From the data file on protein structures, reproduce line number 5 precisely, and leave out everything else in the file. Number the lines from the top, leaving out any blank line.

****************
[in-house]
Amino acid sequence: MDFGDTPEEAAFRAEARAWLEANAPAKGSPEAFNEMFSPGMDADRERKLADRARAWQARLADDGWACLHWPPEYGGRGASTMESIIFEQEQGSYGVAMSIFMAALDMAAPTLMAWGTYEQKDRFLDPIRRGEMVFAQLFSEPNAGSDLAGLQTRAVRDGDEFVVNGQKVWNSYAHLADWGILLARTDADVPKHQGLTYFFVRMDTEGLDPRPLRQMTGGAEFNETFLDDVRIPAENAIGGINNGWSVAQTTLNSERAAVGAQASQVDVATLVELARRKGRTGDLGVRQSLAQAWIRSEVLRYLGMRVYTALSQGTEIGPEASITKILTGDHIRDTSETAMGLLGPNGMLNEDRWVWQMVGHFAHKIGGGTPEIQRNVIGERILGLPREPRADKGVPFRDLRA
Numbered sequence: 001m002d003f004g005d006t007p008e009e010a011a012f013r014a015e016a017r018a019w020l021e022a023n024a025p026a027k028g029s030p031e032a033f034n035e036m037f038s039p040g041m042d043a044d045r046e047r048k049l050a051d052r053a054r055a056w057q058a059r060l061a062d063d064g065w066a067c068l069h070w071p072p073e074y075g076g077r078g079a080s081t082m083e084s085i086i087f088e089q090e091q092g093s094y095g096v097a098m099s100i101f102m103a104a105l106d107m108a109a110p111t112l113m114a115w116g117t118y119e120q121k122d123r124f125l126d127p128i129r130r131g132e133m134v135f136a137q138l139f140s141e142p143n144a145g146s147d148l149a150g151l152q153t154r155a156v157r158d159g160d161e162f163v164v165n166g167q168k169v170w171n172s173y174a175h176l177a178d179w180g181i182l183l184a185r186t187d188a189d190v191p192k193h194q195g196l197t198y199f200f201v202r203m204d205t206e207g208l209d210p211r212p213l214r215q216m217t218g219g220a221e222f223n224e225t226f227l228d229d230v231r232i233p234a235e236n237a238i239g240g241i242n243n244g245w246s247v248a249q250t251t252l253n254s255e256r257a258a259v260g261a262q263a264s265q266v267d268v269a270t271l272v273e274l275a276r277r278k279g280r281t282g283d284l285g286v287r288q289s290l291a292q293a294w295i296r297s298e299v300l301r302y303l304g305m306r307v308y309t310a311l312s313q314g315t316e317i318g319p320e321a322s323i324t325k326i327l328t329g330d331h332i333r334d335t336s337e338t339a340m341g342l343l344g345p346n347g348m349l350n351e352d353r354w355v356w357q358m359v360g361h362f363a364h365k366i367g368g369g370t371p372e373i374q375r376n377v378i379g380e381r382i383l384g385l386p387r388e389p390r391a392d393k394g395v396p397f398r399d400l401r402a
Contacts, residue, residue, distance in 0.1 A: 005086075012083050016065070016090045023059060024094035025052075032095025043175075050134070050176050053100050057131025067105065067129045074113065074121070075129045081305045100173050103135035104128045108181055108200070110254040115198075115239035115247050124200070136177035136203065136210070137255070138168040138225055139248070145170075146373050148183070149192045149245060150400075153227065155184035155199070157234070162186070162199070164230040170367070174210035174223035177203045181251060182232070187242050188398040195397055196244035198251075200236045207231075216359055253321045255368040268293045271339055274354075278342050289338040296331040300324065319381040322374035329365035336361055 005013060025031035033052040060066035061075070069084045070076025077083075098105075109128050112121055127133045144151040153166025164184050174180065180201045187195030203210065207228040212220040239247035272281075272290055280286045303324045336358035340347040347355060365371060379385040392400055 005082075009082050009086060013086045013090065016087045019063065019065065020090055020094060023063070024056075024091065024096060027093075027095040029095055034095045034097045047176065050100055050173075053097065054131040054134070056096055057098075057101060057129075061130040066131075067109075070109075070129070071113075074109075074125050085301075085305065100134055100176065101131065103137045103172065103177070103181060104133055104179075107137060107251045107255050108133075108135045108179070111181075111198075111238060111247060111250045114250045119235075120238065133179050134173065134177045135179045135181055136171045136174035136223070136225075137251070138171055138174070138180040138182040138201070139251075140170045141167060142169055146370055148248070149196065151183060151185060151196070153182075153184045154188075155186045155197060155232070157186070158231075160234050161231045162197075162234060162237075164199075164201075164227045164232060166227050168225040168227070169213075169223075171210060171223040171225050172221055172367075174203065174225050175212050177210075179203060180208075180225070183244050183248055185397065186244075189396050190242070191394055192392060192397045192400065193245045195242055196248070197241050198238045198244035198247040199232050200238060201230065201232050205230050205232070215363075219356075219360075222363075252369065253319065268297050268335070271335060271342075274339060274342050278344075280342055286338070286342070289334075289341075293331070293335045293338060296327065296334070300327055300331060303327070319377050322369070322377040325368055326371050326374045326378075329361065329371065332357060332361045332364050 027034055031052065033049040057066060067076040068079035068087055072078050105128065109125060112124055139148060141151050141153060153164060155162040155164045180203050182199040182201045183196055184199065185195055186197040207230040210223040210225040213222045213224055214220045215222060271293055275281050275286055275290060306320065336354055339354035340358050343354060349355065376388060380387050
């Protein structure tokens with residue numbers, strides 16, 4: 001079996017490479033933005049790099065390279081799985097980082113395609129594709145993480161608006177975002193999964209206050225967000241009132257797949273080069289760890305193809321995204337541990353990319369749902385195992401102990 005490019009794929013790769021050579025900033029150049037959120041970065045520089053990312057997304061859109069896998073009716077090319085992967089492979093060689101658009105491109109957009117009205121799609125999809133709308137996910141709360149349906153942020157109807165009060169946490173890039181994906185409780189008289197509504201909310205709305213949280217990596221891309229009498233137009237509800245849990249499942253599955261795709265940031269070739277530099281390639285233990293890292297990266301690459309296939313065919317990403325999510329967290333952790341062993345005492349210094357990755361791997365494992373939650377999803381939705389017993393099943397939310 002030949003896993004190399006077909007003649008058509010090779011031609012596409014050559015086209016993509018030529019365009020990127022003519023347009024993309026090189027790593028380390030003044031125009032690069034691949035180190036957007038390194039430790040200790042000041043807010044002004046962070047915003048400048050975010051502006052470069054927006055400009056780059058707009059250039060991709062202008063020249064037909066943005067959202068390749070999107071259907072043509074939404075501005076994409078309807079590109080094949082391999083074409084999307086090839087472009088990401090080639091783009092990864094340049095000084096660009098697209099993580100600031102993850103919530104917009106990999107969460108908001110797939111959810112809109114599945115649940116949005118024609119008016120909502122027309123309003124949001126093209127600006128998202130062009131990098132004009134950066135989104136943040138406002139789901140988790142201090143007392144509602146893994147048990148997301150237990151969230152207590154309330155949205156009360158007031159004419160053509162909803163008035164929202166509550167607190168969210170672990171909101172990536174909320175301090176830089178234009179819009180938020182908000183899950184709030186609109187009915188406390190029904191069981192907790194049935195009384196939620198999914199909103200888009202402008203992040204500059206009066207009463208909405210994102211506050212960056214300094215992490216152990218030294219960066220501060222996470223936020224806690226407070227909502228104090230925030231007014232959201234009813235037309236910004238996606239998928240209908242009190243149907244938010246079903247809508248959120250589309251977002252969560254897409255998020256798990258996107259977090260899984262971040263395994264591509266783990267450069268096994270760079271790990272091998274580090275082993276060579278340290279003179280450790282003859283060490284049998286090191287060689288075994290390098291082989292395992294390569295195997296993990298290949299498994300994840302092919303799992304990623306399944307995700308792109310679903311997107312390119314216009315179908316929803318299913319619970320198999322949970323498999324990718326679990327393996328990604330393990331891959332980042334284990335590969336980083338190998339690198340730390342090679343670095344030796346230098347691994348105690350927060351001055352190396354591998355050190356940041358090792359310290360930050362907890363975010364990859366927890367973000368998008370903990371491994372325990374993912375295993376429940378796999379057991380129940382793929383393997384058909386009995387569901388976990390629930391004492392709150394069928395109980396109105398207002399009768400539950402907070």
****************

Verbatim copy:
């Protein structure tokens with residue numbers, strides 16, 4: 001079996017490479033933005049790099065390279081799985097980082113395609129594709145993480161608006177975002193999964209206050225967000241009132257797949273080069289760890305193809321995204337541990353990319369749902385195992401102990 005490019009794929013790769021050579025900033029150049037959120041970065045520089053990312057997304061859109069896998073009716077090319085992967089492979093060689101658009105491109109957009117009205121799609125999809133709308137996910141709360149349906153942020157109807165009060169946490173890039181994906185409780189008289197509504201909310205709305213949280217990596221891309229009498233137009237509800245849990249499942253599955261795709265940031269070739277530099281390639285233990293890292297990266301690459309296939313065919317990403325999510329967290333952790341062993345005492349210094357990755361791997365494992373939650377999803381939705389017993393099943397939310 002030949003896993004190399006077909007003649008058509010090779011031609012596409014050559015086209016993509018030529019365009020990127022003519023347009024993309026090189027790593028380390030003044031125009032690069034691949035180190036957007038390194039430790040200790042000041043807010044002004046962070047915003048400048050975010051502006052470069054927006055400009056780059058707009059250039060991709062202008063020249064037909066943005067959202068390749070999107071259907072043509074939404075501005076994409078309807079590109080094949082391999083074409084999307086090839087472009088990401090080639091783009092990864094340049095000084096660009098697209099993580100600031102993850103919530104917009106990999107969460108908001110797939111959810112809109114599945115649940116949005118024609119008016120909502122027309123309003124949001126093209127600006128998202130062009131990098132004009134950066135989104136943040138406002139789901140988790142201090143007392144509602146893994147048990148997301150237990151969230152207590154309330155949205156009360158007031159004419160053509162909803163008035164929202166509550167607190168969210170672990171909101172990536174909320175301090176830089178234009179819009180938020182908000183899950184709030186609109187009915188406390190029904191069981192907790194049935195009384196939620198999914199909103200888009202402008203992040204500059206009066207009463208909405210994102211506050212960056214300094215992490216152990218030294219960066220501060222996470223936020224806690226407070227909502228104090230925030231007014232959201234009813235037309236910004238996606239998928240209908242009190243149907244938010246079903247809508248959120250589309251977002252969560254897409255998020256798990258996107259977090260899984262971040263395994264591509266783990267450069268096994270760079271790990272091998274580090275082993276060579278340290279003179280450790282003859283060490284049998286090191287060689288075994290390098291082989292395992294390569295195997296993990298290949299498994300994840302092919303799992304990623306399944307995700308792109310679903311997107312390119314216009315179908316929803318299913319619970320198999322949970323498999324990718326679990327393996328990604330393990331891959332980042334284990335590969336980083338190998339690198340730390342090679343670095344030796346230098347691994348105690350927060351001055352190396354591998355050190356940041358090792359310290360930050362907890363975010364990859366927890367973000368998008370903990371491994372325990374993912375295993376429940378796999379057991380129940382793929383393997384058909386009995387569901388976990390629930391004492392709150394069928395109980396109105398207002399009768400539950402907070």